Access

You are not currently logged in.

Access your personal account or get JSTOR access through your library or other institution:

login

Log in to your personal account or through your institution.

If you need an accessible version of this item please contact JSTOR User Support

Defining Social Problems: Public and Professional Perspectives

Robert H. Lauer
Social Problems
Vol. 24, No. 1, SSSP as a Social Movement (Oct., 1976), pp. 122-130
DOI: 10.2307/800329
Stable URL: http://www.jstor.org/stable/800329
Page Count: 9
  • Read Online (Free)
  • Download ($42.00)
  • Cite this Item
If you need an accessible version of this item please contact JSTOR User Support
Defining Social Problems: Public and Professional Perspectives
Preview not available

Abstract

A common way of defining social problems is to include a subjective element; objective conditions only become social problems when they are perceived to be undesirable by some segment of the public. In their actual treatment of social problems, however, sociologists have contradicted their own definitions by ignoring public opinion in their selection of specific problems for study. A survey of Gallup Polls from 1935 to 1975 shows certain patterns in public definitions of problems and identifies the kind of concerns held by the public. An examination of thirty-four social problems texts shows the kind of problems treated by sociologists, and there is considerable disparity between the public and the professional perspectives. A resolution of this disparity is suggested in the form of a new definition of social problems that gives both professional and public opinion a place in identifying and analyzing social problems.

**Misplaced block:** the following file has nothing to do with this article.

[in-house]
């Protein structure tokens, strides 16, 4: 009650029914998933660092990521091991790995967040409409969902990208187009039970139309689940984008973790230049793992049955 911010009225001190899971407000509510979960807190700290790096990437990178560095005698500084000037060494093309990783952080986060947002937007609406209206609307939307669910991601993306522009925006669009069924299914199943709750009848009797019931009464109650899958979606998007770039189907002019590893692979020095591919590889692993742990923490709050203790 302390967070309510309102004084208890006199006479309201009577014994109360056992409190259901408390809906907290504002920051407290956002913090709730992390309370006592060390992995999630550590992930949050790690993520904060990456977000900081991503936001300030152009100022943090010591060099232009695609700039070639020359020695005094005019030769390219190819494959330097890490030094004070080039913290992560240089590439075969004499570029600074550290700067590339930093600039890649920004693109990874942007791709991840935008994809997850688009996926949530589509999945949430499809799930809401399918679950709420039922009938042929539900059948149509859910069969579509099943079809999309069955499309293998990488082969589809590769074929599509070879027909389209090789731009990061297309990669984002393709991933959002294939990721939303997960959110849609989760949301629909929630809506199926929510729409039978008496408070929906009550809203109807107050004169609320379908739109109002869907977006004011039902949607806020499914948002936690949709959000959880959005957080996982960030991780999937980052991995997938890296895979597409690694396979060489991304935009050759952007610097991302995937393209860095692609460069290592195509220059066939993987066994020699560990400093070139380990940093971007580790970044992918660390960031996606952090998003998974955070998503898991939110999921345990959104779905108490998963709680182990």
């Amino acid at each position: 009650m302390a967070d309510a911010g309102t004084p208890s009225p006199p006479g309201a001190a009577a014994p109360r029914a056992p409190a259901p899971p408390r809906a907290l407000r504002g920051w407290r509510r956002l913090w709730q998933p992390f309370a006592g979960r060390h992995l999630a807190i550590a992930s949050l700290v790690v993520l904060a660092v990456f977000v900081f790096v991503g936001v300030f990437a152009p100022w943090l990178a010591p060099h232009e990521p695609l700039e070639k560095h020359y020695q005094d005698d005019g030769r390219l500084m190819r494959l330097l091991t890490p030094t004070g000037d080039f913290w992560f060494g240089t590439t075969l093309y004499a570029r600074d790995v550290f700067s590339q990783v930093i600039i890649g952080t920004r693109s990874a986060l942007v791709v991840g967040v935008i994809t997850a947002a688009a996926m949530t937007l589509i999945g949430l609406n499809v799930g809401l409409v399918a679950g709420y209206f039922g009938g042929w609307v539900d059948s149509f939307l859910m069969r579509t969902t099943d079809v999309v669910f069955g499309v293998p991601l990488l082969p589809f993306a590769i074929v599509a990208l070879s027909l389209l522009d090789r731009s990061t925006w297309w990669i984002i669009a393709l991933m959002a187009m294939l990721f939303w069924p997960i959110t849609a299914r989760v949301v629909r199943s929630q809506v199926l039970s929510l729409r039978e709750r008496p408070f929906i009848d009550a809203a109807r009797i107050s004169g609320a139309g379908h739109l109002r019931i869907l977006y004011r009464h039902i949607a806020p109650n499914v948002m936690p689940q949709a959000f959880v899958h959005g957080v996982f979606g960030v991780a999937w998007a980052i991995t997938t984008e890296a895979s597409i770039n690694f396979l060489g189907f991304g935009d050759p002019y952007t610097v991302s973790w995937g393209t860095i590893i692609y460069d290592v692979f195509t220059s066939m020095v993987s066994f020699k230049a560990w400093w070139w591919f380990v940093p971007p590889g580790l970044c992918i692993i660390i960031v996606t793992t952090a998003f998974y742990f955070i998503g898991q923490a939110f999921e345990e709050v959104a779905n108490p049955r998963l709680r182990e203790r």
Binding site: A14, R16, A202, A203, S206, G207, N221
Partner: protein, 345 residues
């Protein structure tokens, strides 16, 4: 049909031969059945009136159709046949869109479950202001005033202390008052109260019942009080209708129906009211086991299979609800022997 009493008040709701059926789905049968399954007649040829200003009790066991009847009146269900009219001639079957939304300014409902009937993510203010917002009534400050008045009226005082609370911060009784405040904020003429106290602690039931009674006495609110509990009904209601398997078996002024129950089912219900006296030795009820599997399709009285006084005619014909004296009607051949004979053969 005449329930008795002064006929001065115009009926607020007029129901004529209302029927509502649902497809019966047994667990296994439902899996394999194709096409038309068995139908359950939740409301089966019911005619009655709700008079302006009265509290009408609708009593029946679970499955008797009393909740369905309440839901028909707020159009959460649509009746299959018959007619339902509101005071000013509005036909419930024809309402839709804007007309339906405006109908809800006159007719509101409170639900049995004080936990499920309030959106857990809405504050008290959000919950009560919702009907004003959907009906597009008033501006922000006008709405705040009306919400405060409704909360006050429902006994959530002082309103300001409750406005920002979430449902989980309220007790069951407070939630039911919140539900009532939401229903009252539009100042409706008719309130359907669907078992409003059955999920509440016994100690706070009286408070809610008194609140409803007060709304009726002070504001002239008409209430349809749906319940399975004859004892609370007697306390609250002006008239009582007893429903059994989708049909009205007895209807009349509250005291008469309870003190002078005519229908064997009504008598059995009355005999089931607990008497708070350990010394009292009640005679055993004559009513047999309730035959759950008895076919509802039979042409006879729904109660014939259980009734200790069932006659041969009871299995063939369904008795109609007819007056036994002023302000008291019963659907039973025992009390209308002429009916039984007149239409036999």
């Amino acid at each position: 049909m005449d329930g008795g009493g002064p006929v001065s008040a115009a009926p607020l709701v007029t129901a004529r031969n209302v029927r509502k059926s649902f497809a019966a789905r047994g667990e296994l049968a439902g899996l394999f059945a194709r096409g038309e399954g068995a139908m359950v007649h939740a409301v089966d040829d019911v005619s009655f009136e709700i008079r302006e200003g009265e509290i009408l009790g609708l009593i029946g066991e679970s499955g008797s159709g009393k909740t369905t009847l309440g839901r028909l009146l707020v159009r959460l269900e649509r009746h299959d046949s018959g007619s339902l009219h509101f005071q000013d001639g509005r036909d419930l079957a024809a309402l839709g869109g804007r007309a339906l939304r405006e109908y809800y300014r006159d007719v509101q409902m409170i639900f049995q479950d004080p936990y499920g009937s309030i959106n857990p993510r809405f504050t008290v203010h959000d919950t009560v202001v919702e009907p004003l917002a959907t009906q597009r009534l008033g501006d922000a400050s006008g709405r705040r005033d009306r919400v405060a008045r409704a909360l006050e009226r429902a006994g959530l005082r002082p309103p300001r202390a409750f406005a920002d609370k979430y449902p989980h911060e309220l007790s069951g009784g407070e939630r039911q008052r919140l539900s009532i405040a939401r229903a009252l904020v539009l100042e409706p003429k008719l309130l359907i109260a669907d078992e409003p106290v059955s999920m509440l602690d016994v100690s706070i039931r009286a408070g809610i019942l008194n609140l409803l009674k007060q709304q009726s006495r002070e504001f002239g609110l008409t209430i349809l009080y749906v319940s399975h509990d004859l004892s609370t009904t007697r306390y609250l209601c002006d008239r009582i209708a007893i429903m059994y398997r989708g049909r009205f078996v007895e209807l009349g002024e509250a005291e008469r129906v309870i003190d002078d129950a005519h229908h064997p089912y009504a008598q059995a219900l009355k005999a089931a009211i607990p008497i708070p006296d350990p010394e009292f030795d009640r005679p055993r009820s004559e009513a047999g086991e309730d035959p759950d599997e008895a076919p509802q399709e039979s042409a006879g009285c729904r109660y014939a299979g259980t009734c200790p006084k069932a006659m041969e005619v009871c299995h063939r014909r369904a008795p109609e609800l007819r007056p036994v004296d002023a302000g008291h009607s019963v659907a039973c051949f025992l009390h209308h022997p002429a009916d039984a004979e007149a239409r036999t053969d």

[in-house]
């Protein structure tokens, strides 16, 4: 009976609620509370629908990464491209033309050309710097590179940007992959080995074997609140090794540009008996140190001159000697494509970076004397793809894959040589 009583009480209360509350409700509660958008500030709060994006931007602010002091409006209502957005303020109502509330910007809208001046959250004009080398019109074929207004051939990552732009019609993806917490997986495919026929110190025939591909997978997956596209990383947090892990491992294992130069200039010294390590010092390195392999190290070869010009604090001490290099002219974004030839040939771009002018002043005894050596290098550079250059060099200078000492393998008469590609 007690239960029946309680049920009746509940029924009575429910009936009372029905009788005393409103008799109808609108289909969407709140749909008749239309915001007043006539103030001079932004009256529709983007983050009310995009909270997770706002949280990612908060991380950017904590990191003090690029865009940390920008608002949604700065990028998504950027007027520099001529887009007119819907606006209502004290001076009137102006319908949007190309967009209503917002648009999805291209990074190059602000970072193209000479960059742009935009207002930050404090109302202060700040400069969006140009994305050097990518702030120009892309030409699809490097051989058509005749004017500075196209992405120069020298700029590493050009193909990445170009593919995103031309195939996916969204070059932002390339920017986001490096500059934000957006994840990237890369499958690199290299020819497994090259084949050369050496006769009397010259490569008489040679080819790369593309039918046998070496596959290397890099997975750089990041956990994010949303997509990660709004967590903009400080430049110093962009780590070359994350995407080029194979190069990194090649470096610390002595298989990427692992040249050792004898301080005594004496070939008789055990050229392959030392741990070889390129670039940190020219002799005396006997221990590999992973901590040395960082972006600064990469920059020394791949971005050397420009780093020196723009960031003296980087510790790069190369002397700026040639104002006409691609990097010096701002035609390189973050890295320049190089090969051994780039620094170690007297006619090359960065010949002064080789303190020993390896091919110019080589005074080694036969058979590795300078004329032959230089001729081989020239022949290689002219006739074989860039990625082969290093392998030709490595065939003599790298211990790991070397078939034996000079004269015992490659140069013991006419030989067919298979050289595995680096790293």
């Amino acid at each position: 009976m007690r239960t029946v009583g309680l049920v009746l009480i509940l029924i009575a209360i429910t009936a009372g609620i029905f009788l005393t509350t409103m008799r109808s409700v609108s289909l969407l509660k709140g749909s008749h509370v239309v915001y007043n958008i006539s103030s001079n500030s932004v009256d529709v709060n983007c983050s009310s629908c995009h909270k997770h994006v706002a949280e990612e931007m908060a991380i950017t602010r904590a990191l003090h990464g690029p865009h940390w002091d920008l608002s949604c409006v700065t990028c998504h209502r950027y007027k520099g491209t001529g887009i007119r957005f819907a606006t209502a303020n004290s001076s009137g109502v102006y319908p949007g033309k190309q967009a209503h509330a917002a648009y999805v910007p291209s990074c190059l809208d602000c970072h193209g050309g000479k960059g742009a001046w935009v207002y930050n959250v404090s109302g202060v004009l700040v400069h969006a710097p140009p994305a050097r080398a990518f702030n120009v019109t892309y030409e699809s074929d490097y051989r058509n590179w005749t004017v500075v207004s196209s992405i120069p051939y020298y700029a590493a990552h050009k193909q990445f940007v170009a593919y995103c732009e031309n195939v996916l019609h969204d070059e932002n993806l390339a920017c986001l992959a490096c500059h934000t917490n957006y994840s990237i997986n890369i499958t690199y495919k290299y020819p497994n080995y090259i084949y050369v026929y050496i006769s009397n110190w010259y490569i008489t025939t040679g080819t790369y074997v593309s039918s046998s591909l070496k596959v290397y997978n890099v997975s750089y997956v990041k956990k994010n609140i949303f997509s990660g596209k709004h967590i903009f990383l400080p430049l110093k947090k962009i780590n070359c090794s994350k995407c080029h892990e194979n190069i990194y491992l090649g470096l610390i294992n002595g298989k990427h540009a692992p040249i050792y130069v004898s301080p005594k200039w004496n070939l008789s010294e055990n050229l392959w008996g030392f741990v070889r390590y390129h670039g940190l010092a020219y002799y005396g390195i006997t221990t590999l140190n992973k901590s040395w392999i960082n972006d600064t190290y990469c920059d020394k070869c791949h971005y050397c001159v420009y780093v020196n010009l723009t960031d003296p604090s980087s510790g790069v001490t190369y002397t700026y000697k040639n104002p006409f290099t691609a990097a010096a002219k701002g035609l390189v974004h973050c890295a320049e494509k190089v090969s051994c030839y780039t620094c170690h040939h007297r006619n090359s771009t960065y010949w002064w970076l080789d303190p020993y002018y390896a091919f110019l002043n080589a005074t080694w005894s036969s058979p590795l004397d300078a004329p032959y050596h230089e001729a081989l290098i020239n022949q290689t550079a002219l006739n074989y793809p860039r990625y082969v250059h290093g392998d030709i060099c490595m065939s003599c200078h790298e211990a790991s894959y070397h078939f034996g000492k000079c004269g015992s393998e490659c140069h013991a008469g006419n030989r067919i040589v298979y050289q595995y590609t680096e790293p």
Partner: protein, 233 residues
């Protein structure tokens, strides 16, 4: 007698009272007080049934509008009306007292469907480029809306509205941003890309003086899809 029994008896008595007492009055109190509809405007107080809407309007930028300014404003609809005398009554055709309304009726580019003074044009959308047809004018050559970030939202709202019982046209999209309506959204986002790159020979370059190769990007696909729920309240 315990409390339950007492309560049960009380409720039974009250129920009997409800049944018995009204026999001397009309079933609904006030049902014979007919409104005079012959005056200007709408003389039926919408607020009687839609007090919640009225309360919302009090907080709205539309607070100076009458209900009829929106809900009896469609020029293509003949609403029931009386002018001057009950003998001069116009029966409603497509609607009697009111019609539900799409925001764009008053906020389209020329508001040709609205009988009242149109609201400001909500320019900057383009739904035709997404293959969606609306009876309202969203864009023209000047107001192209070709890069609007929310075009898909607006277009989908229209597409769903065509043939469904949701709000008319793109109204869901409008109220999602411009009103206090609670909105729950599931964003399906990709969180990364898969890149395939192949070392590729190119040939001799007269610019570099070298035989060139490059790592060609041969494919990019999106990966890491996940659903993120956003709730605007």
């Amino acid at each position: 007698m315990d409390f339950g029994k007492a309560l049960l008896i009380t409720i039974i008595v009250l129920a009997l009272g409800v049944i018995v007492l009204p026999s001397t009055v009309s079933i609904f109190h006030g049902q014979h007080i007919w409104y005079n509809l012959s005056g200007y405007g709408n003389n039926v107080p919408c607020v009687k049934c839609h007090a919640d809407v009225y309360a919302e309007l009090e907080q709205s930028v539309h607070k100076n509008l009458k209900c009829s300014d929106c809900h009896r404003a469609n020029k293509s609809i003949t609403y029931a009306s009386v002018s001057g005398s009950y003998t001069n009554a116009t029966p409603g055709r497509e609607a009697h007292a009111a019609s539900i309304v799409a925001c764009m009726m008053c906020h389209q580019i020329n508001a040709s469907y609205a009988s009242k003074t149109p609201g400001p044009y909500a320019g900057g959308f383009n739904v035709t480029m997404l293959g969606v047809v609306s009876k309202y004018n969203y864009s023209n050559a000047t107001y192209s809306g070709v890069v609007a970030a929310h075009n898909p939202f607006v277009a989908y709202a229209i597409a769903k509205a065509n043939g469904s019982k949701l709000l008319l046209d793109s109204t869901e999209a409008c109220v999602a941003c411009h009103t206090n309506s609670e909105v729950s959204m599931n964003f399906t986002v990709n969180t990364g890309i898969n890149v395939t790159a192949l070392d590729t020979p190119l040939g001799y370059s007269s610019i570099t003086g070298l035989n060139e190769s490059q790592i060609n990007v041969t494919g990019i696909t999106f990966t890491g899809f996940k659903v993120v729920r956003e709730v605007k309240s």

Page Thumbnails

  • Thumbnail: Page 
[122]
    [122]
  • Thumbnail: Page 
123
    123
  • Thumbnail: Page 
124
    124
  • Thumbnail: Page 
125
    125
  • Thumbnail: Page 
126
    126
  • Thumbnail: Page 
127
    127
  • Thumbnail: Page 
128
    128
  • Thumbnail: Page 
129
    129
  • Thumbnail: Page 
130
    130